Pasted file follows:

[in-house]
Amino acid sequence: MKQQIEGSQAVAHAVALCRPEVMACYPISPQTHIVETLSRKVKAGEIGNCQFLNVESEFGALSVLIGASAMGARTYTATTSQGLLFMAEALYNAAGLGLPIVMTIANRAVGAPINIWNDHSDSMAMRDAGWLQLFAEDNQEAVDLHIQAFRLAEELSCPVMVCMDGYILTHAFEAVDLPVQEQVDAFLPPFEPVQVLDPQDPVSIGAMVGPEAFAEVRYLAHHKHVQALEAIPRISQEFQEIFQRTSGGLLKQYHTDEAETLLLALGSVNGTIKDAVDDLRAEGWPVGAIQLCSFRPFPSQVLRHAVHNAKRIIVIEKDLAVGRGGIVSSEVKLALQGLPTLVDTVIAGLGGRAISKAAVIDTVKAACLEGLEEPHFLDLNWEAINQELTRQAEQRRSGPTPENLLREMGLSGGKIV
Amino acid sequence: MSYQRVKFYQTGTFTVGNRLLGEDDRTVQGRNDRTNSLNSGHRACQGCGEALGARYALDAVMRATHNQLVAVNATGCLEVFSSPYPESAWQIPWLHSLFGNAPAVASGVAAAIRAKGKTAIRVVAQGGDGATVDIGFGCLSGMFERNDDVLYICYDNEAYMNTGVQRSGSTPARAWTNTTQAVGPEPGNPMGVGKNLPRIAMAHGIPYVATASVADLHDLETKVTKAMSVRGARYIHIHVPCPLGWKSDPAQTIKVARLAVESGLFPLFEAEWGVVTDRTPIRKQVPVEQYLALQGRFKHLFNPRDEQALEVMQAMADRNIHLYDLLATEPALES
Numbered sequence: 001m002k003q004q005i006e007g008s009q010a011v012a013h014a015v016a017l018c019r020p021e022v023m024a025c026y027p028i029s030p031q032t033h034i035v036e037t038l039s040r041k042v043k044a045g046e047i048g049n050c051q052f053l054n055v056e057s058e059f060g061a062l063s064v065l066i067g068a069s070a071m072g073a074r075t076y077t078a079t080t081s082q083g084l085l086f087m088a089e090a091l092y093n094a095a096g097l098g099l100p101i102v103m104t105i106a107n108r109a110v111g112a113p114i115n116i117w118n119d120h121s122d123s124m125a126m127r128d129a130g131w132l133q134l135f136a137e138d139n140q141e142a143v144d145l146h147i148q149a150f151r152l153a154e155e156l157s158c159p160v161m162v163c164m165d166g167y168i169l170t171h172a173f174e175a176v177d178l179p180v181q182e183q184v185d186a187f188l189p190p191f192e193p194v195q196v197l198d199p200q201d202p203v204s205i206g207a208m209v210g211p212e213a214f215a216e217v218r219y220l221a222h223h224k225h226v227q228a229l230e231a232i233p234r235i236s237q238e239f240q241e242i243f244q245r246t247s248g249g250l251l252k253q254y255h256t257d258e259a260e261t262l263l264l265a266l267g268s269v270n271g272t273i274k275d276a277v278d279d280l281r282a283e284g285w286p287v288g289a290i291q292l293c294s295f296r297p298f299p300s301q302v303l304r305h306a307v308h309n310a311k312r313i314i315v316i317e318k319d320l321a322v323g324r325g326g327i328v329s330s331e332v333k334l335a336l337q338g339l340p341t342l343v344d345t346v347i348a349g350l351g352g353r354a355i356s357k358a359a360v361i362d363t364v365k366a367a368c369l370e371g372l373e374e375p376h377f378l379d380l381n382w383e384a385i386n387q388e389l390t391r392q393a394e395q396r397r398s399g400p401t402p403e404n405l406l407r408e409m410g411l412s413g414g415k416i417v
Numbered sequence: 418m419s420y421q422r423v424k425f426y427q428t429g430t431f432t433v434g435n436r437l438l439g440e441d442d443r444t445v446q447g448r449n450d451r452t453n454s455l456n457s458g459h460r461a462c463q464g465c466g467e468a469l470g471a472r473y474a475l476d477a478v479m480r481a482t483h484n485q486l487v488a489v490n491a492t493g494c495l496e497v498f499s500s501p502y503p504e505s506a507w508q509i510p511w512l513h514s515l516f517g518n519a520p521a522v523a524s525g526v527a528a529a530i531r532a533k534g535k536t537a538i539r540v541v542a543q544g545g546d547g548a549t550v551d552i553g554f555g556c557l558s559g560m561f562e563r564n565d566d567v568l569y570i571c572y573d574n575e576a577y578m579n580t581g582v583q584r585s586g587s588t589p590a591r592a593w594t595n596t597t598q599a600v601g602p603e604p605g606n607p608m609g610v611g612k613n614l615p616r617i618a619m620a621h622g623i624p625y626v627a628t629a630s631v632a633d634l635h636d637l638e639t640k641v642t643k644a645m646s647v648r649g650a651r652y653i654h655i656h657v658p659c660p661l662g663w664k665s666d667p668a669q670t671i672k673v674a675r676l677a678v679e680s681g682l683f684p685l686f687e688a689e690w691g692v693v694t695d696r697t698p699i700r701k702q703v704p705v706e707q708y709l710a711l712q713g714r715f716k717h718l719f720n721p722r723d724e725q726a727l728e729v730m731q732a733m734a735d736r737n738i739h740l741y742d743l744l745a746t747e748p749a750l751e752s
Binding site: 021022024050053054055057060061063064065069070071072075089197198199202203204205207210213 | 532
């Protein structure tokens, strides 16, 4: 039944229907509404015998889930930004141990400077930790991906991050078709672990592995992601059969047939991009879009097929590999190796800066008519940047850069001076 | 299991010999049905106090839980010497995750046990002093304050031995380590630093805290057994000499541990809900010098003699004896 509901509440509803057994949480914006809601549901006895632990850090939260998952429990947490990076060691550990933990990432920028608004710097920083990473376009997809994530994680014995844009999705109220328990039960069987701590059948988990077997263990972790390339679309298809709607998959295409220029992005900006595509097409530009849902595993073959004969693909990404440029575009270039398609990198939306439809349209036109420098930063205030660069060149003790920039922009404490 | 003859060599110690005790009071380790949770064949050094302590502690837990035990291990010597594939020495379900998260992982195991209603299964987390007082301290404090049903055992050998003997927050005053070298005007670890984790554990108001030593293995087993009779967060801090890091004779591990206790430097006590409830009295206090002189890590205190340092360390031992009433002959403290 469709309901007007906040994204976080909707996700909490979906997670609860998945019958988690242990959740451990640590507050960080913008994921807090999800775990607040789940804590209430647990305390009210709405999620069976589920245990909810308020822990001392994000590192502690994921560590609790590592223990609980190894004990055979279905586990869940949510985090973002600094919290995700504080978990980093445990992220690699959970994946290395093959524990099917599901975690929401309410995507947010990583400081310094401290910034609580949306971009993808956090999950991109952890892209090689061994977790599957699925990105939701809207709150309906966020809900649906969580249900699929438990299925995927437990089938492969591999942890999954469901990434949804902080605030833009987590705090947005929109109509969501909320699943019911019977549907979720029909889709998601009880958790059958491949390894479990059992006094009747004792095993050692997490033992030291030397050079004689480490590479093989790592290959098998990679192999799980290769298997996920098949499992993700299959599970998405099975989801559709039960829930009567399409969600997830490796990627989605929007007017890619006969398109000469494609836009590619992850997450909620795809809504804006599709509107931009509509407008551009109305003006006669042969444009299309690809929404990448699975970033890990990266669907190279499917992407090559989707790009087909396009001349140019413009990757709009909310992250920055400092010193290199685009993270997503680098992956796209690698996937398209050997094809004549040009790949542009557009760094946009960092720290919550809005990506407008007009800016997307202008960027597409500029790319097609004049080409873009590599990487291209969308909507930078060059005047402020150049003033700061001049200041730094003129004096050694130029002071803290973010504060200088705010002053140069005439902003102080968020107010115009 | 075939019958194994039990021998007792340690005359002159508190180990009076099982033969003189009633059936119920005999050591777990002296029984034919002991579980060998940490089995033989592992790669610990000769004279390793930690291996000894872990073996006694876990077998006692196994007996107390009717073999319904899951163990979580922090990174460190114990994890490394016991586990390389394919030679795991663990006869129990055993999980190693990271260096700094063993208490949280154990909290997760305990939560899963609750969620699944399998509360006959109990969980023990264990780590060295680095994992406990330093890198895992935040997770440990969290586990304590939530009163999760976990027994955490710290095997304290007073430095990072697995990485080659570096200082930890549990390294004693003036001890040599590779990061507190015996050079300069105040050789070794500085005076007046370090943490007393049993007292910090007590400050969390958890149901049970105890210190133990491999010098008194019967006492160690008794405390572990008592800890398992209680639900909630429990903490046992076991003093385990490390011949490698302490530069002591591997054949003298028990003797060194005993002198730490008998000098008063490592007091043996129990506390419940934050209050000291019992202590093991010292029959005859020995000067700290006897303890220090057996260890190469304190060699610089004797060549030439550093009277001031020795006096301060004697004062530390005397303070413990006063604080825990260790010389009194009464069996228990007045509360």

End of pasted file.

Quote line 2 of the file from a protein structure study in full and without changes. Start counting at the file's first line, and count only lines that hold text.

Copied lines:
Amino acid sequence: MKQQIEGSQAVAHAVALCRPEVMACYPISPQTHIVETLSRKVKAGEIGNCQFLNVESEFGALSVLIGASAMGARTYTATTSQGLLFMAEALYNAAGLGLPIVMTIANRAVGAPINIWNDHSDSMAMRDAGWLQLFAEDNQEAVDLHIQAFRLAEELSCPVMVCMDGYILTHAFEAVDLPVQEQVDAFLPPFEPVQVLDPQDPVSIGAMVGPEAFAEVRYLAHHKHVQALEAIPRISQEFQEIFQRTSGGLLKQYHTDEAETLLLALGSVNGTIKDAVDDLRAEGWPVGAIQLCSFRPFPSQVLRHAVHNAKRIIVIEKDLAVGRGGIVSSEVKLALQGLPTLVDTVIAGLGGRAISKAAVIDTVKAACLEGLEEPHFLDLNWEAINQELTRQAEQRRSGPTPENLLREMGLSGGKIV